'B FLAT A' by Trupa Trupa Album Review by Adam Williams. The full-length is now available via Glitterbeat

Glitterbeat Records

7.7

Trupa Trupa

B FLAT A

When a band’s name roughly translates to “Corpse Corpse” from Polish to English, I think it’s fair to say their musical output isn’t going to be all sunshine and rainbows. With a backdrop moulded by Covid-19 and Central Europe’s chequered past, Trupa Trupa’s sixth LP ‘B FLAT A’ delves into the macabre side of the human psyche. Singer Grzegorz Kwiatkowski sums up his band’s new album by stating it’s “the wasteland of human nature where hatred and genocide are not just distant reverberations of Central European history but still resonate in contemporary reality.” Speaking of how the pandemic influenced the four piece’s new work, the frontman explains “Covid affected us. So our dark stuff was in my opinion even darker because of this super strange, frightening atmosphere all around us and inside of us.”

When you take ‘B FLAT A’s austere subject matter and wrap it around Trupa Trupa’s uncompromisingly dense and sinister post-punk-meets-psyche-rock-with-a-sprinkling-of-eerie-ambience, you get an album that’s unflinchingly intense and a product of years of paranoia and unrest. For the lion’s share of the LP, a fog of claustrophobia and intensity hangs large, with churning bass amalgamating with motorik drums and guitars that grind and wail, there’s little room for light to penetrate the stark gloom the band emit. Kwiatkowski’s vocals add to the feeling of woozy unease, as most of the time they’re indiscernible against the band’s din.

There is some wordplay that comes through with clarity on a clutch of tracks, with Kwiatkowski declaring “I want to eat all my uniforms”, supposedly a take on rebelling against authoritarianism, on the track ‘Uniforms’. The death trudge of ‘Lit’ has the band’s vocalist slurring “don’t be shy/don’t be ashamed” and “don’t hide/don’t be ashamed” as if to goad someone about emotional distress. The druggy-whirr of ‘Far Away’ documents a feeling of disconnection as Kwiatkowski trills “I’m here/you’re far away”. The formless slow spiral of doom that is “All and All” contains one of the more direct gut punch lyrics to be found on ‘B FLAT A’, with the band’s main man stating “I’m going to breakdown”, as a loose jam unfurls around him.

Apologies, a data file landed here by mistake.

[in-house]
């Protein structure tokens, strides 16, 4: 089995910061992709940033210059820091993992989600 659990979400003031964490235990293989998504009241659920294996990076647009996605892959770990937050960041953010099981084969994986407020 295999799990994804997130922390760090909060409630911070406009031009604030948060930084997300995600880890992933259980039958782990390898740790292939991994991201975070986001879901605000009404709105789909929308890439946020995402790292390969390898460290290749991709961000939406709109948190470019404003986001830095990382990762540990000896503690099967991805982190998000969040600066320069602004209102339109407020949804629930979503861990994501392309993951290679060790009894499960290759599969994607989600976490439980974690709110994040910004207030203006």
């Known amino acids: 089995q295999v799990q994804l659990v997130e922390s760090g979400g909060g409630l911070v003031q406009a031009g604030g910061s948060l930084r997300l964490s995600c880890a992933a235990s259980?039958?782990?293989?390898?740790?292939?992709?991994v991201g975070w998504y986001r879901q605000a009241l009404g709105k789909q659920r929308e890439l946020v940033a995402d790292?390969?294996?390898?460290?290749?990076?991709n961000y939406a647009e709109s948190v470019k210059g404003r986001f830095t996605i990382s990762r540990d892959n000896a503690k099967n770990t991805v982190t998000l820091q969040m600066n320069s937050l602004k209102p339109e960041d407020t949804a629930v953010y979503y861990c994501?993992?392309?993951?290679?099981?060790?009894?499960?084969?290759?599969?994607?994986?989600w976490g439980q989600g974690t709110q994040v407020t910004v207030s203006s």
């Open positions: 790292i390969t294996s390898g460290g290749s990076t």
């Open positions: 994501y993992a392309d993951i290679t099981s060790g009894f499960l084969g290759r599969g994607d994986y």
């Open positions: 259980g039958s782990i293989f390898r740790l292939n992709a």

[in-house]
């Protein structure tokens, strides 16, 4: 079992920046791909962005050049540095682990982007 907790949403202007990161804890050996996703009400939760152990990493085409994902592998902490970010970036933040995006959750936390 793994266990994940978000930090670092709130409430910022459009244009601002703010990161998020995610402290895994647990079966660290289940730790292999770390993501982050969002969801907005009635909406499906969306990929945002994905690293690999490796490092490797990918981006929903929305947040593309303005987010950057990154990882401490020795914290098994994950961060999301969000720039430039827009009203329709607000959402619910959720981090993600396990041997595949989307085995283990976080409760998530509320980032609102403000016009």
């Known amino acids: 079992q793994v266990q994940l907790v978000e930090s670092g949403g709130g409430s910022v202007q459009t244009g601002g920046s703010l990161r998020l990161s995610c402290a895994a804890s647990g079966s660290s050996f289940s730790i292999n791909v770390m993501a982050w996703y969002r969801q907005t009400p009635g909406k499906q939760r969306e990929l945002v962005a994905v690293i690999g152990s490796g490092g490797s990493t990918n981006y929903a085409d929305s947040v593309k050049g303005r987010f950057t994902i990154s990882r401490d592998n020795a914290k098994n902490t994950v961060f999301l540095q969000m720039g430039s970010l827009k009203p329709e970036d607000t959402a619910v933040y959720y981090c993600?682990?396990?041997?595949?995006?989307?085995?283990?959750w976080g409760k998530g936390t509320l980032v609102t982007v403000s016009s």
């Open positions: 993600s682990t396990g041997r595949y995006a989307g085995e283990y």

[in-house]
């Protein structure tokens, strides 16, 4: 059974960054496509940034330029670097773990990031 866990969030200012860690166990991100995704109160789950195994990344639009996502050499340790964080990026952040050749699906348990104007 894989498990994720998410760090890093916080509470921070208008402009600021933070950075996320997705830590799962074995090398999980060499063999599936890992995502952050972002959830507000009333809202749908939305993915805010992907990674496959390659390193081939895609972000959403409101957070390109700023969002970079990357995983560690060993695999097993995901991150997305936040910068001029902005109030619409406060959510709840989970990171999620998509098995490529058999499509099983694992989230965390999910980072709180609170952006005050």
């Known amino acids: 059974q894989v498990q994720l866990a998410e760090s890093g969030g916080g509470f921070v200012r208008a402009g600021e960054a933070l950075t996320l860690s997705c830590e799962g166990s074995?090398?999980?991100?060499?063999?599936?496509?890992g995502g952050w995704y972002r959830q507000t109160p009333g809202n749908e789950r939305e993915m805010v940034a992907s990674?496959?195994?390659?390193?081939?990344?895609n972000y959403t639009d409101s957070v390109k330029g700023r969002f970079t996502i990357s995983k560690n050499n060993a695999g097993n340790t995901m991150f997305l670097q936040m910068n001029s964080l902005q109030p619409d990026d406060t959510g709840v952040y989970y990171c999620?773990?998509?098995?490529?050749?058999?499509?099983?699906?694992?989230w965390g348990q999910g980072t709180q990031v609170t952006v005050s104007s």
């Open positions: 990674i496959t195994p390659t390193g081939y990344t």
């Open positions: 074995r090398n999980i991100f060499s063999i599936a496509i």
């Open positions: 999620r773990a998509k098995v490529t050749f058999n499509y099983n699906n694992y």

Aside from Trupa Trupa’s stark intensity, there are pockets of respite that present themselves via dizzy swathes of psychedelia that help dissipate the record’s foreboding storm clouds. Even then, these dreamy vignettes come from a place of sorrow and distress that straddle the realms of lucidity and nightmarishness.

‘B FLAT A’ is the product of current times, a record that flits from pleading escapism to wide-eyed torment.

Order B FLAT A by Trupa Trupa HERE

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